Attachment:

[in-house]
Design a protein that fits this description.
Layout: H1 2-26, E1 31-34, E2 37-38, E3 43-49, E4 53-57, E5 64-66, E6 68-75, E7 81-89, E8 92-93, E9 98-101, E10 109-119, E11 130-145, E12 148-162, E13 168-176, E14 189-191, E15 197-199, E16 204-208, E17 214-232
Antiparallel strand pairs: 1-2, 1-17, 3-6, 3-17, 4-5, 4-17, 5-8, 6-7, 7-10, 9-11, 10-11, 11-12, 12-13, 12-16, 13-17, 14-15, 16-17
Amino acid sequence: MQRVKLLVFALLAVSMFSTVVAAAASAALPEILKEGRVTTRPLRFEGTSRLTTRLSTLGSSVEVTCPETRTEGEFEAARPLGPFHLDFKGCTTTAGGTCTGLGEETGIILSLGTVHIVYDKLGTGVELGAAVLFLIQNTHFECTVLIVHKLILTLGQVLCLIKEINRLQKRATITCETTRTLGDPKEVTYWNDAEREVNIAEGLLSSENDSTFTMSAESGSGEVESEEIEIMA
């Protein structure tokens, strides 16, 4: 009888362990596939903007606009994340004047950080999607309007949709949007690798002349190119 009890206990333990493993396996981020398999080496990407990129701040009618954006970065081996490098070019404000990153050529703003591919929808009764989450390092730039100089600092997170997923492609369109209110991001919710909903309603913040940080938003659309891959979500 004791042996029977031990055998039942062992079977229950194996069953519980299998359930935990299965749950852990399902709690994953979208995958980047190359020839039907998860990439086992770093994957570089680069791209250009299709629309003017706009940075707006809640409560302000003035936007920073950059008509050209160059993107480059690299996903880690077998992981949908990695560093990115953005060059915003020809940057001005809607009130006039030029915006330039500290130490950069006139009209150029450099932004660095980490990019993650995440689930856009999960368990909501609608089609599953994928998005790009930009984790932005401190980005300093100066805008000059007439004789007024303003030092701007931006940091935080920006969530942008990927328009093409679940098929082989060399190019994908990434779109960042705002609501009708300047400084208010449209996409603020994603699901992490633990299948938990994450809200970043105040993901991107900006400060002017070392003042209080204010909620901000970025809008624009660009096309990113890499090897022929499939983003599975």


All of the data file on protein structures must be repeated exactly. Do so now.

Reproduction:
[in-house]
Design a protein that fits this description.
Layout: H1 2-26, E1 31-34, E2 37-38, E3 43-49, E4 53-57, E5 64-66, E6 68-75, E7 81-89, E8 92-93, E9 98-101, E10 109-119, E11 130-145, E12 148-162, E13 168-176, E14 189-191, E15 197-199, E16 204-208, E17 214-232
Antiparallel strand pairs: 1-2, 1-17, 3-6, 3-17, 4-5, 4-17, 5-8, 6-7, 7-10, 9-11, 10-11, 11-12, 12-13, 12-16, 13-17, 14-15, 16-17
Amino acid sequence: MQRVKLLVFALLAVSMFSTVVAAAASAALPEILKEGRVTTRPLRFEGTSRLTTRLSTLGSSVEVTCPETRTEGEFEAARPLGPFHLDFKGCTTTAGGTCTGLGEETGIILSLGTVHIVYDKLGTGVELGAAVLFLIQNTHFECTVLIVHKLILTLGQVLCLIKEINRLQKRATITCETTRTLGDPKEVTYWNDAEREVNIAEGLLSSENDSTFTMSAESGSGEVESEEIEIMA
């Protein structure tokens, strides 16, 4: 009888362990596939903007606009994340004047950080999607309007949709949007690798002349190119 009890206990333990493993396996981020398999080496990407990129701040009618954006970065081996490098070019404000990153050529703003591919929808009764989450390092730039100089600092997170997923492609369109209110991001919710909903309603913040940080938003659309891959979500 004791042996029977031990055998039942062992079977229950194996069953519980299998359930935990299965749950852990399902709690994953979208995958980047190359020839039907998860990439086992770093994957570089680069791209250009299709629309003017706009940075707006809640409560302000003035936007920073950059008509050209160059993107480059690299996903880690077998992981949908990695560093990115953005060059915003020809940057001005809607009130006039030029915006330039500290130490950069006139009209150029450099932004660095980490990019993650995440689930856009999960368990909501609608089609599953994928998005790009930009984790932005401190980005300093100066805008000059007439004789007024303003030092701007931006940091935080920006969530942008990927328009093409679940098929082989060399190019994908990434779109960042705002609501009708300047400084208010449209996409603020994603699901992490633990299948938990994450809200970043105040993901991107900006400060002017070392003042209080204010909620901000970025809008624009660009096309990113890499090897022929499939983003599975």